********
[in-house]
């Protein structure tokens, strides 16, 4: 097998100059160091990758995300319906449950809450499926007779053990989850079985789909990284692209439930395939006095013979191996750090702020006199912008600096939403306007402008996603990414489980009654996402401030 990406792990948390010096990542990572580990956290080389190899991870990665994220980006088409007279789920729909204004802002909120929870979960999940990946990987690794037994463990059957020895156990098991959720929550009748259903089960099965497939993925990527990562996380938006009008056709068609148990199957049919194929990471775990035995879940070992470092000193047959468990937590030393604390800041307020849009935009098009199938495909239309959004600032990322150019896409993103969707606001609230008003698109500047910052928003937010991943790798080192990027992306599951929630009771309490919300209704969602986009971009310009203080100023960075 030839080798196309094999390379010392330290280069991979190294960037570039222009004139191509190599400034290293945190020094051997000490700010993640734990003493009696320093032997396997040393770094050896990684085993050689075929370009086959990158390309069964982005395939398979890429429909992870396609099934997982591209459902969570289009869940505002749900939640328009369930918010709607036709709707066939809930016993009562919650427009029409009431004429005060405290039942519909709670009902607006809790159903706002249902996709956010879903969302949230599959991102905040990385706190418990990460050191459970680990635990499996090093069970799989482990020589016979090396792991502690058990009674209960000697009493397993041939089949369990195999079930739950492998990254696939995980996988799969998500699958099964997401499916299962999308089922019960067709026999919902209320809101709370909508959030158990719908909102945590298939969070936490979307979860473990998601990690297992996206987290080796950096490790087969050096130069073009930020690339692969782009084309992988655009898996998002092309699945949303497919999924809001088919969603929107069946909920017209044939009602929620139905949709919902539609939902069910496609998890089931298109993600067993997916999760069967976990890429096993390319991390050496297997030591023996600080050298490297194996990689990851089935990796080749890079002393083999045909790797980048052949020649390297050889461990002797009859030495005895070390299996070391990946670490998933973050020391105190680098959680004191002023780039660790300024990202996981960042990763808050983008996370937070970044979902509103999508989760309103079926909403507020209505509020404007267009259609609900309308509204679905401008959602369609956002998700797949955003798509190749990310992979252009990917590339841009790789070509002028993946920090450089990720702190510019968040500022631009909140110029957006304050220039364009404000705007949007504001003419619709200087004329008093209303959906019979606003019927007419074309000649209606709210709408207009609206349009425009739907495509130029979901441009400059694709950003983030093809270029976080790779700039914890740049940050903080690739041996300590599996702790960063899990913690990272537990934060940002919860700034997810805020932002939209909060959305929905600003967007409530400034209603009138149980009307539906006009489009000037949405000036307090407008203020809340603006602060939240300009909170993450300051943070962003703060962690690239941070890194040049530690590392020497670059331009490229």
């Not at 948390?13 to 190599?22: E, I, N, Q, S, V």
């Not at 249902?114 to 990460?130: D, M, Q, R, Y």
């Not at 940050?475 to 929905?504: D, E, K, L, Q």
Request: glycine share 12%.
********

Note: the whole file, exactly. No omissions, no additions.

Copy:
[in-house]
């Protein structure tokens, strides 16, 4: 097998100059160091990758995300319906449950809450499926007779053990989850079985789909990284692209439930395939006095013979191996750090702020006199912008600096939403306007402008996603990414489980009654996402401030 990406792990948390010096990542990572580990956290080389190899991870990665994220980006088409007279789920729909204004802002909120929870979960999940990946990987690794037994463990059957020895156990098991959720929550009748259903089960099965497939993925990527990562996380938006009008056709068609148990199957049919194929990471775990035995879940070992470092000193047959468990937590030393604390800041307020849009935009098009199938495909239309959004600032990322150019896409993103969707606001609230008003698109500047910052928003937010991943790798080192990027992306599951929630009771309490919300209704969602986009971009310009203080100023960075 030839080798196309094999390379010392330290280069991979190294960037570039222009004139191509190599400034290293945190020094051997000490700010993640734990003493009696320093032997396997040393770094050896990684085993050689075929370009086959990158390309069964982005395939398979890429429909992870396609099934997982591209459902969570289009869940505002749900939640328009369930918010709607036709709707066939809930016993009562919650427009029409009431004429005060405290039942519909709670009902607006809790159903706002249902996709956010879903969302949230599959991102905040990385706190418990990460050191459970680990635990499996090093069970799989482990020589016979090396792991502690058990009674209960000697009493397993041939089949369990195999079930739950492998990254696939995980996988799969998500699958099964997401499916299962999308089922019960067709026999919902209320809101709370909508959030158990719908909102945590298939969070936490979307979860473990998601990690297992996206987290080796950096490790087969050096130069073009930020690339692969782009084309992988655009898996998002092309699945949303497919999924809001088919969603929107069946909920017209044939009602929620139905949709919902539609939902069910496609998890089931298109993600067993997916999760069967976990890429096993390319991390050496297997030591023996600080050298490297194996990689990851089935990796080749890079002393083999045909790797980048052949020649390297050889461990002797009859030495005895070390299996070391990946670490998933973050020391105190680098959680004191002023780039660790300024990202996981960042990763808050983008996370937070970044979902509103999508989760309103079926909403507020209505509020404007267009259609609900309308509204679905401008959602369609956002998700797949955003798509190749990310992979252009990917590339841009790789070509002028993946920090450089990720702190510019968040500022631009909140110029957006304050220039364009404000705007949007504001003419619709200087004329008093209303959906019979606003019927007419074309000649209606709210709408207009609206349009425009739907495509130029979901441009400059694709950003983030093809270029976080790779700039914890740049940050903080690739041996300590599996702790960063899990913690990272537990934060940002919860700034997810805020932002939209909060959305929905600003967007409530400034209603009138149980009307539906006009489009000037949405000036307090407008203020809340603006602060939240300009909170993450300051943070962003703060962690690239941070890194040049530690590392020497670059331009490229």
């Not at 948390?13 to 190599?22: E, I, N, Q, S, V």
């Not at 249902?114 to 990460?130: D, M, Q, R, Y």
């Not at 940050?475 to 929905?504: D, E, K, L, Q």
Request: glycine share 12%.